U.S. Pat. No. 4,082,087 discloses a body contact electrode structure for deriving electrical signals due to physiological activity, comprising a thin, flexible body of non-conductive material having one or more wells therein. A flexible conductive member which provides an electrode is disposed at the bottom of each well. The spacing between a plurality of electrodes, which can provide bipolar and ground inputs to the medical electronic instrument, is precisely determined by virtue of the disposition of the electrodes in the wells. The electrode structure provides contact with a body surface, usually the skin. To facilitate the contact a conductive jelly is used. This conductive jelly is received in the wells. It makes contact with the electrodes. Ribs are provided in the regions between the electrodes, which form a seal at the skin so as to prevent the flow of conductive fluid between electrodes; thus preventing short circuits. The flexibility of the structure provides for comfort and reliable long term attachment and also for maintaining the contact of the electrodes and sealing ribs with the skin as the skin and muscle beneath, flex.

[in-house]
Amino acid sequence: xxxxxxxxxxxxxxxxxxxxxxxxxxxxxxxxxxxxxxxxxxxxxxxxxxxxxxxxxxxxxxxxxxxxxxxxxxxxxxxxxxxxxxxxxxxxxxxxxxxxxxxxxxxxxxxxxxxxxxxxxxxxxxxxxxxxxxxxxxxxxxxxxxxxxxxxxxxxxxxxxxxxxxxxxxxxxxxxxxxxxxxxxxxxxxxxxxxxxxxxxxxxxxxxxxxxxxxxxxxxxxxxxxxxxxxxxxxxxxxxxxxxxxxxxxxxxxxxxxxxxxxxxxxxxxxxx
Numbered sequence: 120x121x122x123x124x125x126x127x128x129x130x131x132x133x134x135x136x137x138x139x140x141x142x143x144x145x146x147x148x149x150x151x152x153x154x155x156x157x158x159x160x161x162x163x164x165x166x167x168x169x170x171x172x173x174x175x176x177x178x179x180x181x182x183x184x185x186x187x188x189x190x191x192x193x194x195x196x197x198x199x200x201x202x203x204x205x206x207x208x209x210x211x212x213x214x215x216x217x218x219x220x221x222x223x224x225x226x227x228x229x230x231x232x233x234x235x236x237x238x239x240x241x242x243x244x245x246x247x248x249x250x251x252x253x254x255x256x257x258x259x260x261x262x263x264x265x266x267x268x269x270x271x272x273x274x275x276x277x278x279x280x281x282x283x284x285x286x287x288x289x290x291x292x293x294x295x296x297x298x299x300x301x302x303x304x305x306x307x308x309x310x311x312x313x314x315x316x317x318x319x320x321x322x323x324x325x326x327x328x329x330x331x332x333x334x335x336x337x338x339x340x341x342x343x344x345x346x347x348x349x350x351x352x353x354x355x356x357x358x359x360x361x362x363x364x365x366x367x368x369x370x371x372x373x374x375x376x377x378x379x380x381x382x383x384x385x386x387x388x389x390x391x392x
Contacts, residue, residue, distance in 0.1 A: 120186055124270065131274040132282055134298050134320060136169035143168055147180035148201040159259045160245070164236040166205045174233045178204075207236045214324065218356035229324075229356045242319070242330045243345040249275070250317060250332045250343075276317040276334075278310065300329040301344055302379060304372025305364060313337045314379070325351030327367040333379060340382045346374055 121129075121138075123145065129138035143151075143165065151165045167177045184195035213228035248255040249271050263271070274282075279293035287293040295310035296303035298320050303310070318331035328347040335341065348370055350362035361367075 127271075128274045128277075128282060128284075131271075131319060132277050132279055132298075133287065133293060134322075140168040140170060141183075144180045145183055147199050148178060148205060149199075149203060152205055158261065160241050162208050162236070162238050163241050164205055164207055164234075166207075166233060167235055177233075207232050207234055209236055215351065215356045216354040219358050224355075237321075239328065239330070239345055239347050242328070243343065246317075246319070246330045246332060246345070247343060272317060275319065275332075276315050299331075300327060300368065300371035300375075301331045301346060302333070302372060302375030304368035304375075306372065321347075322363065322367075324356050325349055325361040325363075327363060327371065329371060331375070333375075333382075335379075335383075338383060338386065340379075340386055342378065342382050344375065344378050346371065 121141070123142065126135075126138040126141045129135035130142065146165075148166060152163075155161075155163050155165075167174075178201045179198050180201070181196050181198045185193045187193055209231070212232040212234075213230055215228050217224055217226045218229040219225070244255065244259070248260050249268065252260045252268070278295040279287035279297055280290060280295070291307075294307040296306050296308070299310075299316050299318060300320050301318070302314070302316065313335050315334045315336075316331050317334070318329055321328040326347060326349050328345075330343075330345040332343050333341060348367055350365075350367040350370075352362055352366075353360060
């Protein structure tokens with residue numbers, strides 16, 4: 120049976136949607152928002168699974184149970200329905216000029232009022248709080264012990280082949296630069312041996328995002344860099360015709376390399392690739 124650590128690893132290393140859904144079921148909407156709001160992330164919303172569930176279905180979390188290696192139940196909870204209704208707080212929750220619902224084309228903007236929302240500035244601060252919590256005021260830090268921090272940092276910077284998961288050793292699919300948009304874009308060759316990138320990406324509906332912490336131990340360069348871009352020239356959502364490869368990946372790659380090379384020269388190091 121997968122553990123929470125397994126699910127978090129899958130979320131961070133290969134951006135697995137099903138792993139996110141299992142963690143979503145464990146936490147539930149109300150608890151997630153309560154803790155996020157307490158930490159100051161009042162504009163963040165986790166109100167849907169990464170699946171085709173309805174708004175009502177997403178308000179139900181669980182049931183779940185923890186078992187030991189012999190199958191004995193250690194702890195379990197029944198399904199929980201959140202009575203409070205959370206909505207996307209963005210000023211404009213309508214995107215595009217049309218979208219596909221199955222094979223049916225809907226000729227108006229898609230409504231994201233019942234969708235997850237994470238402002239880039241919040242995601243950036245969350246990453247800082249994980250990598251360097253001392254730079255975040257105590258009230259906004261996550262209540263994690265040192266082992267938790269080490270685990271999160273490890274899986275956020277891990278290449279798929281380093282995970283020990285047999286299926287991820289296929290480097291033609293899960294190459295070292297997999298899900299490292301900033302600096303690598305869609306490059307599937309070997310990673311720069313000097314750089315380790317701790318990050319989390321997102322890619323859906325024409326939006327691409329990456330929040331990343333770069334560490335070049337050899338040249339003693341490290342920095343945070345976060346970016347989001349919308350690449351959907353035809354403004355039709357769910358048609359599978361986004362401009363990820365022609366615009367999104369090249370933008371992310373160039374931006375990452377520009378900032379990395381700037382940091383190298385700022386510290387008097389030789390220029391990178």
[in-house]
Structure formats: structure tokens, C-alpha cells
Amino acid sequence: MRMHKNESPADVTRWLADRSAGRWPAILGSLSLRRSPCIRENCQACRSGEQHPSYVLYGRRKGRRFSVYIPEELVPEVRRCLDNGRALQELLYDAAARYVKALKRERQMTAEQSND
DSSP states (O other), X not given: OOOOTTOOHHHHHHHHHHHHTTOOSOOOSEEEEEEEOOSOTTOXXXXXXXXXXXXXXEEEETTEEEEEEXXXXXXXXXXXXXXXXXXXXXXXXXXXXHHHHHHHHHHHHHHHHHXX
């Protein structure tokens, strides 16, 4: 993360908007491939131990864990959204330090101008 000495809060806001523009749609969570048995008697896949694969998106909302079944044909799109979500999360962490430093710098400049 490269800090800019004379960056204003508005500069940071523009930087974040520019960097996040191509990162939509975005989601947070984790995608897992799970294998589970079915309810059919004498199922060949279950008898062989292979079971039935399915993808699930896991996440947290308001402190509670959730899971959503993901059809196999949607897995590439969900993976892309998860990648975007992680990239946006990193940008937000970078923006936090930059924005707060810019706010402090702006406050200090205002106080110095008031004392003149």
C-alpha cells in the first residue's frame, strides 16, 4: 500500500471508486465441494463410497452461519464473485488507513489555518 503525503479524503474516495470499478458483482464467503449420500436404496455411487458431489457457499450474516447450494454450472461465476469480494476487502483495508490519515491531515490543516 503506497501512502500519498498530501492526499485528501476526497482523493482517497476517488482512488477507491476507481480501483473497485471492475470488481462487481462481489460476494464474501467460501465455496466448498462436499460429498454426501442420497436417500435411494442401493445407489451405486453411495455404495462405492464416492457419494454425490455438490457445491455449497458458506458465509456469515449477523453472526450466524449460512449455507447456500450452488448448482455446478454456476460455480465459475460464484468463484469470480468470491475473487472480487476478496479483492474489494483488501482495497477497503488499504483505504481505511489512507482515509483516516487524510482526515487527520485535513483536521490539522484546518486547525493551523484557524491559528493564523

U.S. Pat. No. 4,004,578 discloses an expendable electro-cardiograph electrode comprising a thin metallic carrier member coated on the surface to be applied to the skin with an adhesive and having a plurality of metallic contact spikes projecting from the coated surface which spikes are devised to penetrate into the skin. The coated and spiked surface is covered by at least one pull-off foil protecting same together with the spikes against environmental influences. On the carrier member, a transverse upwardly directed flange is, provided for attachment to an electrocardiographic apparatus.